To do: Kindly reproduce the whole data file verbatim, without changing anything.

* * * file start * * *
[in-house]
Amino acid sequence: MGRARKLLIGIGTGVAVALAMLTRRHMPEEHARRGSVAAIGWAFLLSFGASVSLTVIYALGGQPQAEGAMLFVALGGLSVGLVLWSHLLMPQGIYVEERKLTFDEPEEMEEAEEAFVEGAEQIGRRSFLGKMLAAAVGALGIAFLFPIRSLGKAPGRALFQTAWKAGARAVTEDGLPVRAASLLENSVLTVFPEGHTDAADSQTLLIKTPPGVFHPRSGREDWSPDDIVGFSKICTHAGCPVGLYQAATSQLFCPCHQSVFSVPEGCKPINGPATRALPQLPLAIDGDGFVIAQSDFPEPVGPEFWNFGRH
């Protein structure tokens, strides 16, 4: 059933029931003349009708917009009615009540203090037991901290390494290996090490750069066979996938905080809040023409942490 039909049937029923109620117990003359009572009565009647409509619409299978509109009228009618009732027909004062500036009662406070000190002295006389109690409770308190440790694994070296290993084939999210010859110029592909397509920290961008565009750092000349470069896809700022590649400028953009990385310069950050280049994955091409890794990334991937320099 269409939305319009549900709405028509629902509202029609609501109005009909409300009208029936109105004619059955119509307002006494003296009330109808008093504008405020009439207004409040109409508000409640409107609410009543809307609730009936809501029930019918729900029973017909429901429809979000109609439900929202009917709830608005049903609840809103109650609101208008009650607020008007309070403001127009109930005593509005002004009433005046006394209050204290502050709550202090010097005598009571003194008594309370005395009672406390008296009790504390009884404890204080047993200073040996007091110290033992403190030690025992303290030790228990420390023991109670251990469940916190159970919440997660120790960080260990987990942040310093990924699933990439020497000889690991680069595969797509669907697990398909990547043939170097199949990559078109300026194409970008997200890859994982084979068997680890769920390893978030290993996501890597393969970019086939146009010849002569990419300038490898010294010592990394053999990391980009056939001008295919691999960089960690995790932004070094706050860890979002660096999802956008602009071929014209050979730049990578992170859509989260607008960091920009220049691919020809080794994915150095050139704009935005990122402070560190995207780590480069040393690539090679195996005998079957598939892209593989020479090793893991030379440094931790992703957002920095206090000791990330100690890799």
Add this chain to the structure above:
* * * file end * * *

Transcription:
[in-house]
Amino acid sequence: MGRARKLLIGIGTGVAVALAMLTRRHMPEEHARRGSVAAIGWAFLLSFGASVSLTVIYALGGQPQAEGAMLFVALGGLSVGLVLWSHLLMPQGIYVEERKLTFDEPEEMEEAEEAFVEGAEQIGRRSFLGKMLAAAVGALGIAFLFPIRSLGKAPGRALFQTAWKAGARAVTEDGLPVRAASLLENSVLTVFPEGHTDAADSQTLLIKTPPGVFHPRSGREDWSPDDIVGFSKICTHAGCPVGLYQAATSQLFCPCHQSVFSVPEGCKPINGPATRALPQLPLAIDGDGFVIAQSDFPEPVGPEFWNFGRH
């Protein structure tokens, strides 16, 4: 059933029931003349009708917009009615009540203090037991901290390494290996090490750069066979996938905080809040023409942490 039909049937029923109620117990003359009572009565009647409509619409299978509109009228009618009732027909004062500036009662406070000190002295006389109690409770308190440790694994070296290993084939999210010859110029592909397509920290961008565009750092000349470069896809700022590649400028953009990385310069950050280049994955091409890794990334991937320099 269409939305319009549900709405028509629902509202029609609501109005009909409300009208029936109105004619059955119509307002006494003296009330109808008093504008405020009439207004409040109409508000409640409107609410009543809307609730009936809501029930019918729900029973017909429901429809979000109609439900929202009917709830608005049903609840809103109650609101208008009650607020008007309070403001127009109930005593509005002004009433005046006394209050204290502050709550202090010097005598009571003194008594309370005395009672406390008296009790504390009884404890204080047993200073040996007091110290033992403190030690025992303290030790228990420390023991109670251990469940916190159970919440997660120790960080260990987990942040310093990924699933990439020497000889690991680069595969797509669907697990398909990547043939170097199949990559078109300026194409970008997200890859994982084979068997680890769920390893978030290993996501890597393969970019086939146009010849002569990419300038490898010294010592990394053999990391980009056939001008295919691999960089960690995790932004070094706050860890979002660096999802956008602009071929014209050979730049990578992170859509989260607008960091920009220049691919020809080794994915150095050139704009935005990122402070560190995207780590480069040393690539090679195996005998079957598939892209593989020479090793893991030379440094931790992703957002920095206090000791990330100690890799």
Add this chain to the structure above: